Also, I should say that Margherita wouldn’t have been possible without the support of Nidecker. They gave us the opportunity to get it started.
Who else was in the crew with you last season?
It’s not so much a crew, but more of a group of friends that want to film together for the same purpose: to share the true snowboarding spirit. So, there was Emma Lacarrere, Alfred Sutton and Eliot Golay. The filmer, Shawn Rei, is like a big brother for me.
Not so many crews are open to involving female riders. How was it having Emma filming with you this year?
For me, it was unthinkable to not contact her and do my best to convince her. I’ve known Emma since she was 10 years old. We used to be in the same snowboard club and we know each other by heart. I knew she had a decreased motivation for snowboarding and was more into partying and stuff. She did not believe in herself so much but I knew how good she is at snowboarding. I knew that she just needed a little help to come back stronger than ever. For me, it was not a matter of filming with a woman, but filming with a friend. In the snowboard industry, if you have no self motivation, no one will help you. I think she can and will be one of the greatest urban snowboarding female riders in the coming years.
Damn. Big claim, but she’s definitely off to a great start! Can’t wait to see more shots from her this season…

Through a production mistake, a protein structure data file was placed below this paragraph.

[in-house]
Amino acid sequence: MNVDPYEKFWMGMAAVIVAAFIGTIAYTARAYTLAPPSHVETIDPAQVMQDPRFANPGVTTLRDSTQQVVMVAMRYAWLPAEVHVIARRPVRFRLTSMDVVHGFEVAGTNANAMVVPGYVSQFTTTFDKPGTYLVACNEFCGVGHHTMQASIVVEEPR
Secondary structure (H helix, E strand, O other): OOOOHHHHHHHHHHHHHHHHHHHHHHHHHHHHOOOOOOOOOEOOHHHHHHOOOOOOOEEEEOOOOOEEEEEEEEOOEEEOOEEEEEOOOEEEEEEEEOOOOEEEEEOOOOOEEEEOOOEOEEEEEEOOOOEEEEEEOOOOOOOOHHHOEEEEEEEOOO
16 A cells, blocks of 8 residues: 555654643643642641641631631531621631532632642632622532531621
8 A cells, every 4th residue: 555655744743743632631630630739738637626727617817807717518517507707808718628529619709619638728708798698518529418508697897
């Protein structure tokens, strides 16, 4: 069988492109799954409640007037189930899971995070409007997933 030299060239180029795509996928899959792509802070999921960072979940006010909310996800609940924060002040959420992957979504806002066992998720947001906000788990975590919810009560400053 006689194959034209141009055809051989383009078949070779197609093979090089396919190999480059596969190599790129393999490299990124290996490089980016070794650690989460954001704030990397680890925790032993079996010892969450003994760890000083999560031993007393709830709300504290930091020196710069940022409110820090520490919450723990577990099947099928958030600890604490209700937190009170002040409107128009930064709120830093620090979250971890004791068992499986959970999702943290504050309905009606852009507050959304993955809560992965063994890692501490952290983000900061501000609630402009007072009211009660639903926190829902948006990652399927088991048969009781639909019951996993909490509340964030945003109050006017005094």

How did you guys end up going to Norway?
I had this plan to go shoot in the Scandinavians country. Alfred and I did a shoot for Nidecker in Norway where we met a fantastic local who offered to help us find some spots. It was a huge advantage, so we decided to go to Oslo.
How would you compare filming in Norway vs filming in Switzerland?
It was much more convenient in Norway. Some people even helped us shape, gave us extra shovels and even cheered us on.
In Switzerland we almost always had people immediately asking us to stop and clean everything — otherwise they would call the cops. I know some friends who got a big fine for riding a rail into the street. That’s the game, but it’s a lot more chill in Norway.
What was the best day of filming you had?
If I remember it well. It was the first or second day and the snow was good with low temperatures. We were still warming up, just trying chill spots and we ended up getting five spots in one day.
Wow. That’s pretty insane! But now I’ve gotta ask… what was the worst day?
Our 4th day, I think. We woke up, it was warm and all the good snow for urban snowboarding was gone. There was a lot of ice. We drove towards the north of Oslo, found a spot where Emma had a bad crash and Alfred destroyed his knee. That led us to go to the hospital and the end of his season.
Damn. Sorry to hear that!
What’s your plan for this winter?
New video project. Additional riders. New destination. More fun. Not only urban snowboarding. More bangers. More creativity.
I would love to also film a smaller project, with only one other rider. Maybe 4-5 minutes that goes deeper in the Art of Snowboarding. I am still working on the idea…
And last but not least, I’ll stay mainly in Switzerland, riding street as much as possible. And I’d be happy to also film for other people’s projects.
Thanks for your time Arthur! Stoked to see more from you…
Any last words?
Thank you snowboarding.